The Murky Ethics of the Ugly-Produce Business

Do you know what baby carrots actually are?

For me, the baby-carrot jig was up a couple years ago. I’m not sure what I’d believed about them previously: Were they actual babies? Were they a “baby” breed of small adult carrots? I certainly hadn’t understood them to be carrot nuggets, whittled out of big, ugly carrots that many people wouldn’t buy in their natural state.

I’ve never lived in a world that wanted me to think about how the carrots got made. Since the early 1980s, scores of smaller American agricultural companies have been driven out of business or gobbled up by Big-Ag conglomerates. That I hadn’t thought much about my little carrots meant the system had worked as intended for the type of consumer I am (affluent, urban) and helped obscure the leviathan of the American food-supply chain, which includes everything from commercial growers and processors like Dole and Kraft Heinz down to local farmers’ markets and food banks.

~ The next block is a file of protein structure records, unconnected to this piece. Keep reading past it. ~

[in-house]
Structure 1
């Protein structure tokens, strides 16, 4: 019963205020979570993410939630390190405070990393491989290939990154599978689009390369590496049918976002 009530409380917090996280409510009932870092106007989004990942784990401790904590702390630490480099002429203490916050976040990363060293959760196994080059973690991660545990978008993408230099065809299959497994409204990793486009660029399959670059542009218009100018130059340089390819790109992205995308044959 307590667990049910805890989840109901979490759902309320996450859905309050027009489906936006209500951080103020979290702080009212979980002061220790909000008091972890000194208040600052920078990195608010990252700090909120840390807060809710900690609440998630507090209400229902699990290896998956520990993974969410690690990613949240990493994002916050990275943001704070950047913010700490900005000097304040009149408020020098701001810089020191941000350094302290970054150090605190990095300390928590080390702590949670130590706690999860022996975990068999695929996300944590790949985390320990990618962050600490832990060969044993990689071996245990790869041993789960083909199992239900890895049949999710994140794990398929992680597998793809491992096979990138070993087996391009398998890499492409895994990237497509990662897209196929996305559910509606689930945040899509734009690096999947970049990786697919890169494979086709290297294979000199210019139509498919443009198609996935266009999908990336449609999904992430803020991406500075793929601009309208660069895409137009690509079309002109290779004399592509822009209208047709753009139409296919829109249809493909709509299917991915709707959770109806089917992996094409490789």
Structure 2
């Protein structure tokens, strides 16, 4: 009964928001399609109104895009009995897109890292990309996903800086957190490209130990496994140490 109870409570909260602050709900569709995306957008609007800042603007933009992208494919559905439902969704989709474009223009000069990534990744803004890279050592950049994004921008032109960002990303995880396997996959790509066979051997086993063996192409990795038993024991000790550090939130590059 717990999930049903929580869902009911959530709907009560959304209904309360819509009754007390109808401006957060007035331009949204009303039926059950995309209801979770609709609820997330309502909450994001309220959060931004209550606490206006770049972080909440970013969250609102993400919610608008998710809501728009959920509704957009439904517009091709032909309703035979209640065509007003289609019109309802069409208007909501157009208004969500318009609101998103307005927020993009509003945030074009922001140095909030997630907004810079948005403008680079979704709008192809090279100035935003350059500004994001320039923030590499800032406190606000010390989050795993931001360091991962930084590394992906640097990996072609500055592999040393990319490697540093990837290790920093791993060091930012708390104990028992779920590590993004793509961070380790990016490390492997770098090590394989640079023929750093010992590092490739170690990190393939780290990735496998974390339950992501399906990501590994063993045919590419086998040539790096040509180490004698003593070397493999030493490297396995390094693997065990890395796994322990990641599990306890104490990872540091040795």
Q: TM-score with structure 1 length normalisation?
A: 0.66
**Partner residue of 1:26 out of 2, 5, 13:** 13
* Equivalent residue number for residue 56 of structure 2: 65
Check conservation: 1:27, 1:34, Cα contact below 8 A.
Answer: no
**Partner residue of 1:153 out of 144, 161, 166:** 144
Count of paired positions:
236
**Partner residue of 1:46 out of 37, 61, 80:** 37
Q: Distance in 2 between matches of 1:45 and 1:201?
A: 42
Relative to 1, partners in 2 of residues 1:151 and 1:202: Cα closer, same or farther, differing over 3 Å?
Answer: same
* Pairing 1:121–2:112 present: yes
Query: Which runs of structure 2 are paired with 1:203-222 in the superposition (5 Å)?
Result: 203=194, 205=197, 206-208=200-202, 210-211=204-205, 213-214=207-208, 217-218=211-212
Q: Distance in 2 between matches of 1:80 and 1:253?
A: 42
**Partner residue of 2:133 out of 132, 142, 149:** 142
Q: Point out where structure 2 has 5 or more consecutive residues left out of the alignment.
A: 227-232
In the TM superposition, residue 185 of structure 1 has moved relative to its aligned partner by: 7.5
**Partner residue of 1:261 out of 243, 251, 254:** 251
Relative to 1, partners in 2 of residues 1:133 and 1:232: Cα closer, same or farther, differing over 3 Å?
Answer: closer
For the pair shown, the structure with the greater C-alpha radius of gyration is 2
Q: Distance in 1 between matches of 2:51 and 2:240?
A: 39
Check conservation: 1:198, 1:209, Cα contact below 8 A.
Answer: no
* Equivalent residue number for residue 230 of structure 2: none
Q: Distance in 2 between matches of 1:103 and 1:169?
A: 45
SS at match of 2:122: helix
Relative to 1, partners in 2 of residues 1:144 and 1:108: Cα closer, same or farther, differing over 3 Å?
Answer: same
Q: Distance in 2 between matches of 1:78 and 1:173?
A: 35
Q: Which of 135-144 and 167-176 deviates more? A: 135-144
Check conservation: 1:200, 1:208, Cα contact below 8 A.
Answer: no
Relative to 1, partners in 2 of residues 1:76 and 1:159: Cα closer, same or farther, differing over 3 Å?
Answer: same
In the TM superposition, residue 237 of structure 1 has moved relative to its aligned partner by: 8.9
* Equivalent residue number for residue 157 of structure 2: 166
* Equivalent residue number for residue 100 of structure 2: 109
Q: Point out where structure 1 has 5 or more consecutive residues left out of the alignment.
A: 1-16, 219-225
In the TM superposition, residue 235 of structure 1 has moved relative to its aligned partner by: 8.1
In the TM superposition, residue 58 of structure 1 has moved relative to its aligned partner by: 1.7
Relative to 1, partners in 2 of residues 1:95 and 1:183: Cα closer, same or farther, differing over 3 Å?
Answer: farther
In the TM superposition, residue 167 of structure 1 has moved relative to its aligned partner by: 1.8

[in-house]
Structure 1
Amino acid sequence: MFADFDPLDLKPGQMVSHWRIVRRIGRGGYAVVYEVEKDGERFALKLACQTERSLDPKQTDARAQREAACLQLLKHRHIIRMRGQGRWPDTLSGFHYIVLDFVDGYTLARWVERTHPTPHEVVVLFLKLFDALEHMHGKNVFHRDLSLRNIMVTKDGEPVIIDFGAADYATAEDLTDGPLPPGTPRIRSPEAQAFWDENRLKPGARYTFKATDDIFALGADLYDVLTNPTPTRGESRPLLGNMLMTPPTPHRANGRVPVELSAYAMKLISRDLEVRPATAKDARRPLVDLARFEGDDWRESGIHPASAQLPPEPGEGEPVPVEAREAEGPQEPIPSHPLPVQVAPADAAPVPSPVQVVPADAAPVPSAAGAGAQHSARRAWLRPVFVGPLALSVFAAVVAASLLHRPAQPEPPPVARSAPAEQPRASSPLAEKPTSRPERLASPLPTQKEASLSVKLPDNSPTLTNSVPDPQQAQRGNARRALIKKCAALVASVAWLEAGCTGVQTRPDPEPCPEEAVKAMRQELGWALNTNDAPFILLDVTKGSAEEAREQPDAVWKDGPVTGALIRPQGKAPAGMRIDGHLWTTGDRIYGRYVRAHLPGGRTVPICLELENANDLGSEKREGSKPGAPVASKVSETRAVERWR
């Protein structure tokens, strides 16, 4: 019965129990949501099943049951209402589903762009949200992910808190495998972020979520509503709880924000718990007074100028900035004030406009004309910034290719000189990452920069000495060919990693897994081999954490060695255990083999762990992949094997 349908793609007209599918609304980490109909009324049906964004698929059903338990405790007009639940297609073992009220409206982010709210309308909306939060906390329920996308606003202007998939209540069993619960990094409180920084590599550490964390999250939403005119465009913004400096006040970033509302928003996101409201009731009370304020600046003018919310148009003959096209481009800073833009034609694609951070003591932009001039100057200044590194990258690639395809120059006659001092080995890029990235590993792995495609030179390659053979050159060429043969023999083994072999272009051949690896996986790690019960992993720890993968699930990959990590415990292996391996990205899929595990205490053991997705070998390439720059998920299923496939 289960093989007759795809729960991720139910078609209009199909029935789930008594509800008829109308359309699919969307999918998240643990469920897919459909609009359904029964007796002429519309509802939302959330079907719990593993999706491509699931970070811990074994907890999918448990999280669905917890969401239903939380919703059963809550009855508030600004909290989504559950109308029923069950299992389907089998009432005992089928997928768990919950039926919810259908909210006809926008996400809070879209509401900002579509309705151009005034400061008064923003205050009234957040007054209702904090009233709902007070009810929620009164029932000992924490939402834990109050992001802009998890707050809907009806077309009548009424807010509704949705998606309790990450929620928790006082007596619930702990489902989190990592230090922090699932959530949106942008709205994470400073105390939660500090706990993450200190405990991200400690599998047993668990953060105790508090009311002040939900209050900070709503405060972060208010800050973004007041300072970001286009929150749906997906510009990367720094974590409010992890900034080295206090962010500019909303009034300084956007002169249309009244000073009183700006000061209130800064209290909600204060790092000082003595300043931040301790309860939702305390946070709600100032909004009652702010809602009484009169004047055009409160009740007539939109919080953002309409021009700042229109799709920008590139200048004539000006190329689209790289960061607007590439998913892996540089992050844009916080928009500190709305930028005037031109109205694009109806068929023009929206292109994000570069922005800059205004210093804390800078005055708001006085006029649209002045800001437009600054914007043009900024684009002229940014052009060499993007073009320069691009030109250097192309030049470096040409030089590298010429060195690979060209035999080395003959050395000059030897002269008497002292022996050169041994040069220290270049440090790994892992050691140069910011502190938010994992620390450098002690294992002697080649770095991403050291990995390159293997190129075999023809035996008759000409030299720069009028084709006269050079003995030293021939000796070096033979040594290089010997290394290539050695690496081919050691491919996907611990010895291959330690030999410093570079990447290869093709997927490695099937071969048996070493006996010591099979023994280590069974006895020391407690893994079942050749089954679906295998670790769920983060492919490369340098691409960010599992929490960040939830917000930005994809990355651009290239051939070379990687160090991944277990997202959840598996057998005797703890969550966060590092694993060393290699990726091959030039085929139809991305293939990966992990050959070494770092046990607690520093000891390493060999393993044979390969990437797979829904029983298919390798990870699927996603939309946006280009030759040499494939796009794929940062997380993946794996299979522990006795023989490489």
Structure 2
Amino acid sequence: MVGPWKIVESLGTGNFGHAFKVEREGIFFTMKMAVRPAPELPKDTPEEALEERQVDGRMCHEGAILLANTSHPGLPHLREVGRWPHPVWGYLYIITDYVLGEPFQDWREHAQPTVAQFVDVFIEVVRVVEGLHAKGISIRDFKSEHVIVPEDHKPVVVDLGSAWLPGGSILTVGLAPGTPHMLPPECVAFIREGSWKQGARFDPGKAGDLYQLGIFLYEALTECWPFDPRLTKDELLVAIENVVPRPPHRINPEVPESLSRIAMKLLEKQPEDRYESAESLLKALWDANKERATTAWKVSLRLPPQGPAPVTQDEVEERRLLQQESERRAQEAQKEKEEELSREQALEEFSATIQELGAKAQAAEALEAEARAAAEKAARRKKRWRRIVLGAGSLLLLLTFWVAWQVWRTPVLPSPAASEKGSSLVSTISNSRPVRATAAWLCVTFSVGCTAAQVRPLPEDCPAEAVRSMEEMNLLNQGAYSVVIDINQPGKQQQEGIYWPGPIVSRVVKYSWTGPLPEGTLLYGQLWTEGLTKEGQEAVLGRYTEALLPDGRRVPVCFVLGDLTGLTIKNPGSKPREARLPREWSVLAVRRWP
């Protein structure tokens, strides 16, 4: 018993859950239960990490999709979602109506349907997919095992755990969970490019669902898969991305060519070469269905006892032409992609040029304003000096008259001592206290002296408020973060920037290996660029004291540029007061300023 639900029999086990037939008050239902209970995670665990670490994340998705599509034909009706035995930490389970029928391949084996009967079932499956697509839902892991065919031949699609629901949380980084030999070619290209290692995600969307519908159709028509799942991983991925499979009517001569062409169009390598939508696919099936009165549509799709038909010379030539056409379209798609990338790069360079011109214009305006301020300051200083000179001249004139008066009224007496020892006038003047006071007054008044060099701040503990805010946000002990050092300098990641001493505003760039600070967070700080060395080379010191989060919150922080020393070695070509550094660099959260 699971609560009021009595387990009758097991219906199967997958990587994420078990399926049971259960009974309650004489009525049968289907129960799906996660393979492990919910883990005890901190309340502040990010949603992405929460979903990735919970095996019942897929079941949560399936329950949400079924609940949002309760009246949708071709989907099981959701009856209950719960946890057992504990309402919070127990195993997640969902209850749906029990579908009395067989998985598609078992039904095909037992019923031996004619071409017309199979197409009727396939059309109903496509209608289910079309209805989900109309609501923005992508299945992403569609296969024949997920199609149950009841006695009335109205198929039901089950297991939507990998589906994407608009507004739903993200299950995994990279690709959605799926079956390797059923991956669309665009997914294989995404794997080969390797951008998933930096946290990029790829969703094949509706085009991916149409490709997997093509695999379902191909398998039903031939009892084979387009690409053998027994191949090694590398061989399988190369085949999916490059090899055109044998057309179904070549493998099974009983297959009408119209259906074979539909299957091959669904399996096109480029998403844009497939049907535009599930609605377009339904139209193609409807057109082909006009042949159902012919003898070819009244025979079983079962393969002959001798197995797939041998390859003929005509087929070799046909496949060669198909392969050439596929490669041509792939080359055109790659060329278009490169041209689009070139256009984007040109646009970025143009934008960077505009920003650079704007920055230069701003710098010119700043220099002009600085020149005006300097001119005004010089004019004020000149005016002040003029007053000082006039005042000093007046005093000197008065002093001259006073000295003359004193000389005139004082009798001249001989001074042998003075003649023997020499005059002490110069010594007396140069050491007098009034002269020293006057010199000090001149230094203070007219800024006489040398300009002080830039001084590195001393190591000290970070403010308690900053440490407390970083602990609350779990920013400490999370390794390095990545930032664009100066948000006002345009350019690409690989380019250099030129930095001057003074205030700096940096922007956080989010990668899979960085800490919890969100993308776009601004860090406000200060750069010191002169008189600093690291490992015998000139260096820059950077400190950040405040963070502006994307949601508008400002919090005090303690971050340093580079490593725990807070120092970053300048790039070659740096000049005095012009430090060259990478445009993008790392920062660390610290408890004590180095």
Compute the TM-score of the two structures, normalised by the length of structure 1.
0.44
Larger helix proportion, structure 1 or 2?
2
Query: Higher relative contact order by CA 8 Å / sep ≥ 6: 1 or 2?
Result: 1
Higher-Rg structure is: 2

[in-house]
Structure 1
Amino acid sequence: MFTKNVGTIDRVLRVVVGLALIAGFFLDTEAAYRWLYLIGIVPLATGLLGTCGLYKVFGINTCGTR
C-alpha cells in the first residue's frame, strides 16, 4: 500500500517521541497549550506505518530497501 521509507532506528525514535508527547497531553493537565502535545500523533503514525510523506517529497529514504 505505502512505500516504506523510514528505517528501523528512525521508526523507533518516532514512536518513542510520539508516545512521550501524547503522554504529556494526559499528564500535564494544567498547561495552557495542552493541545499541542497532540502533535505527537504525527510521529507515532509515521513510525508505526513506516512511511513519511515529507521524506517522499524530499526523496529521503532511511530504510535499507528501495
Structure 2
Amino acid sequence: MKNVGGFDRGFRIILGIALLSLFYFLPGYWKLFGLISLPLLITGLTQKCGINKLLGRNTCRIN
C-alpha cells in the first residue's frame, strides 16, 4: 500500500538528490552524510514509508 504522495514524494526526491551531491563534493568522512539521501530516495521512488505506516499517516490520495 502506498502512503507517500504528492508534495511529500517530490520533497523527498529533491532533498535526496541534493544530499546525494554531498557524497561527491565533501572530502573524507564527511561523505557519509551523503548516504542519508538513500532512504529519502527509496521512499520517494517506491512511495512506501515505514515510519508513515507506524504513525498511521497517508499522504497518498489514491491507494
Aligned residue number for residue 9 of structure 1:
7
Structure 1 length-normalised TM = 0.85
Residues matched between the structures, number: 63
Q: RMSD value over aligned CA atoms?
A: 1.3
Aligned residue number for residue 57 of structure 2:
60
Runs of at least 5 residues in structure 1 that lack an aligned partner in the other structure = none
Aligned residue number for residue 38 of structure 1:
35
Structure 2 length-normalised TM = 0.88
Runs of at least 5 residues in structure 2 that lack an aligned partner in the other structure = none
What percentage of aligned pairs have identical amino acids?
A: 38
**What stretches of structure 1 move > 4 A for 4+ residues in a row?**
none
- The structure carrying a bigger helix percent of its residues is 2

To read the rest of the story, please go to: The Atlantic